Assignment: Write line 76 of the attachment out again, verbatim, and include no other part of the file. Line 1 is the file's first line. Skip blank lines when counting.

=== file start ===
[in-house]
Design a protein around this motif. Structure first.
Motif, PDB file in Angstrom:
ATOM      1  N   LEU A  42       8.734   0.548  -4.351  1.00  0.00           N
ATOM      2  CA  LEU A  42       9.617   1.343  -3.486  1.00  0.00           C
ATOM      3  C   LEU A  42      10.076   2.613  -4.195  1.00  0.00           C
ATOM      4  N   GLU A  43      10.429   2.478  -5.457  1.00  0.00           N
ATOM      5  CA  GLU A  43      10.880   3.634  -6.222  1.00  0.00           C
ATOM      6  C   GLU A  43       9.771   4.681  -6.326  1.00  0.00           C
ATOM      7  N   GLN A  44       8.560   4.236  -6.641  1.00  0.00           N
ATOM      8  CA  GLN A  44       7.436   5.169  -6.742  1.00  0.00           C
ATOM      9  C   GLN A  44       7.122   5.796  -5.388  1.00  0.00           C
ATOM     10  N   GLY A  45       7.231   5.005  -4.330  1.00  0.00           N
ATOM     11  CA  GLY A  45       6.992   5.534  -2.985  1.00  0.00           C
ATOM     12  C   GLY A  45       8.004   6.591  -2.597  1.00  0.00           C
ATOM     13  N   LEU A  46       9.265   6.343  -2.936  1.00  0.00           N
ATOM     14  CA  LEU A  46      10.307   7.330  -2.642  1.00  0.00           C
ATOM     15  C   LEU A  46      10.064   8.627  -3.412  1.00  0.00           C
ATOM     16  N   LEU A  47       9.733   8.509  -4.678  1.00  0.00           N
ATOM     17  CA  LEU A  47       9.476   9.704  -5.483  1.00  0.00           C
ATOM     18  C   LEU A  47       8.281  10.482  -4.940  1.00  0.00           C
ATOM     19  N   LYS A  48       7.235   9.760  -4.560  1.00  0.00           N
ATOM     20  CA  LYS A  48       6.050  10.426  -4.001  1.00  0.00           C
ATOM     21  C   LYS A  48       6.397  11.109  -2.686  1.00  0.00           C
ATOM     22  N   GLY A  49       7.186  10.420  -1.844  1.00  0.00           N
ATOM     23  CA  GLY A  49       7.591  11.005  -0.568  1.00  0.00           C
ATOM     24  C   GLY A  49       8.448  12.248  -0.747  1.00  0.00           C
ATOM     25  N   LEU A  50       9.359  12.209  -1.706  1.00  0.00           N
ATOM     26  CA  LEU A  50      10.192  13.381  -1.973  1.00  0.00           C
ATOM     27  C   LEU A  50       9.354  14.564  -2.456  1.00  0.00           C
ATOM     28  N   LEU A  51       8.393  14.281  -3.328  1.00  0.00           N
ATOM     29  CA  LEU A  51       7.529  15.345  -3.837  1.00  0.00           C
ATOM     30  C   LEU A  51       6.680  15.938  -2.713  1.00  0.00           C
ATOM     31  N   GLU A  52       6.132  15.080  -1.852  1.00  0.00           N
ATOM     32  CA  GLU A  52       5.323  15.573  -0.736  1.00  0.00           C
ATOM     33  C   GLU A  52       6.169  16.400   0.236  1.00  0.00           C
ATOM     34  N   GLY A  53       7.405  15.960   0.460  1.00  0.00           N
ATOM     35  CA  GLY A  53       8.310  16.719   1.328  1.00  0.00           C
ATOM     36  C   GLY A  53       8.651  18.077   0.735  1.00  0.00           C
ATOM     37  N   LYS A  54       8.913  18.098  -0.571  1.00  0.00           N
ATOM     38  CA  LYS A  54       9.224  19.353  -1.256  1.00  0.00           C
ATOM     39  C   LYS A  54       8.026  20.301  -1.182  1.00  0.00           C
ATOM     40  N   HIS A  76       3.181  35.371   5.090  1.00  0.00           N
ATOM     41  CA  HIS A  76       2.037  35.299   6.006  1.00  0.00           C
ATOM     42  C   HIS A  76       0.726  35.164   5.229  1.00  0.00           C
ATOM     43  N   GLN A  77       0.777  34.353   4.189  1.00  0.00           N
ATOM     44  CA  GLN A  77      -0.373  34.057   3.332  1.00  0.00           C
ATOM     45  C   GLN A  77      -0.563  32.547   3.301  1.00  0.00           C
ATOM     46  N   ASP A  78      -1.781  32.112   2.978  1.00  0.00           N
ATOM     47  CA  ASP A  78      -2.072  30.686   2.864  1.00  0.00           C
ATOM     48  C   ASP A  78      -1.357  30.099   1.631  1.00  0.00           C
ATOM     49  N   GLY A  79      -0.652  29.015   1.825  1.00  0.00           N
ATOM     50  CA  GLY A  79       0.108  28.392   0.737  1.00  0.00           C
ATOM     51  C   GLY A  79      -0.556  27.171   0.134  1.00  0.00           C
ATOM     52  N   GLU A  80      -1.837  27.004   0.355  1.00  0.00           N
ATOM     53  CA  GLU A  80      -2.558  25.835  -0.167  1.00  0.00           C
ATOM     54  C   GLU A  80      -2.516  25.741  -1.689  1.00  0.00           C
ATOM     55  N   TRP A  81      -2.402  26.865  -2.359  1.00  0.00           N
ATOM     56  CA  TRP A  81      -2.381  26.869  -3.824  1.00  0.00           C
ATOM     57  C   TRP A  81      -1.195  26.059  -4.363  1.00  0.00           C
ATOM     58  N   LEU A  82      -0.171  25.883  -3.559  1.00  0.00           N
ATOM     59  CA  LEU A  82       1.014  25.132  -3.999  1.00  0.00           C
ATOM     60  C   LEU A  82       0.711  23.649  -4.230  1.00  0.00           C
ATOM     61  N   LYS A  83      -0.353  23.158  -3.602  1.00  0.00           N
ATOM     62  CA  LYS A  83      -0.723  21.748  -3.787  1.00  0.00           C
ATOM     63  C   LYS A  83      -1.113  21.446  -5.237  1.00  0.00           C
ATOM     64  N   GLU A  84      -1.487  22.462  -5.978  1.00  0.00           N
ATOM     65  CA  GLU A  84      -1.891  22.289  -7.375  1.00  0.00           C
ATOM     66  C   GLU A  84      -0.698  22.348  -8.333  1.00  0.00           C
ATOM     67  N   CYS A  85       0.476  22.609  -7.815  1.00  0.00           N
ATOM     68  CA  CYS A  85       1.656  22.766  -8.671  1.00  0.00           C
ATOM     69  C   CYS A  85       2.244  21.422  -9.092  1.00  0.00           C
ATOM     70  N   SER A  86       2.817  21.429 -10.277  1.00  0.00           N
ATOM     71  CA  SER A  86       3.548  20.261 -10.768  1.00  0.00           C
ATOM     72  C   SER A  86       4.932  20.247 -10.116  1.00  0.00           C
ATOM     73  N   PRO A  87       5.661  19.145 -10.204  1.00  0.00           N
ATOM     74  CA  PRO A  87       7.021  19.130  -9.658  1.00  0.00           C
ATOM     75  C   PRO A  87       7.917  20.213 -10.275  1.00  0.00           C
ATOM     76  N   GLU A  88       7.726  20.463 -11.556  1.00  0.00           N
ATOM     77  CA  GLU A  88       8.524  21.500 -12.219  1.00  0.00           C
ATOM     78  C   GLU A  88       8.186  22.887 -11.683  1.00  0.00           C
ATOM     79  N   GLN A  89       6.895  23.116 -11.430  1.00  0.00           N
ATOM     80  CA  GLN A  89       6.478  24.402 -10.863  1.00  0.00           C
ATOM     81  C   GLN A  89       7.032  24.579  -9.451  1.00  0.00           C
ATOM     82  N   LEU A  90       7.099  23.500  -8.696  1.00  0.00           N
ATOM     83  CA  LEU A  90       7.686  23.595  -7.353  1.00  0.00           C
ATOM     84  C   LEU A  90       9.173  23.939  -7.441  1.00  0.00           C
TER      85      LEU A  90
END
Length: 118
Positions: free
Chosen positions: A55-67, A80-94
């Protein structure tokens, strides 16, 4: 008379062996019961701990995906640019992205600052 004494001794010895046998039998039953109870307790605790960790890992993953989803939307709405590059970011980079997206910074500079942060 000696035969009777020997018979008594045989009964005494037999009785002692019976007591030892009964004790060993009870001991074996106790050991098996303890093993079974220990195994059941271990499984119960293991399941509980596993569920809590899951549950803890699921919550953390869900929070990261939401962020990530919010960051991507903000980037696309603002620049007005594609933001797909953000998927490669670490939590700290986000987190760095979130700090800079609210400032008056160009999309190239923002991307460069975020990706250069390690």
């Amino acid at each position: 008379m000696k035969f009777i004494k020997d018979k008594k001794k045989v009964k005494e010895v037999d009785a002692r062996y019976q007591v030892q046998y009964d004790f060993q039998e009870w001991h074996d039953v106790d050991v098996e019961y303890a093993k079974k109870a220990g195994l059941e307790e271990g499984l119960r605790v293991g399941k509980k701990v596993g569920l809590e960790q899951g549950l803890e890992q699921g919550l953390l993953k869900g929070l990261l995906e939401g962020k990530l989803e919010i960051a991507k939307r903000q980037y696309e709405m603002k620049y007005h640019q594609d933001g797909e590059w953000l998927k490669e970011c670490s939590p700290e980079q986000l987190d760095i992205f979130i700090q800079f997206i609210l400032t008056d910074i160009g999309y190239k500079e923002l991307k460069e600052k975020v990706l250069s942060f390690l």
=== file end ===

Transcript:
ATOM     73  N   PRO A  87       5.661  19.145 -10.204  1.00  0.00           N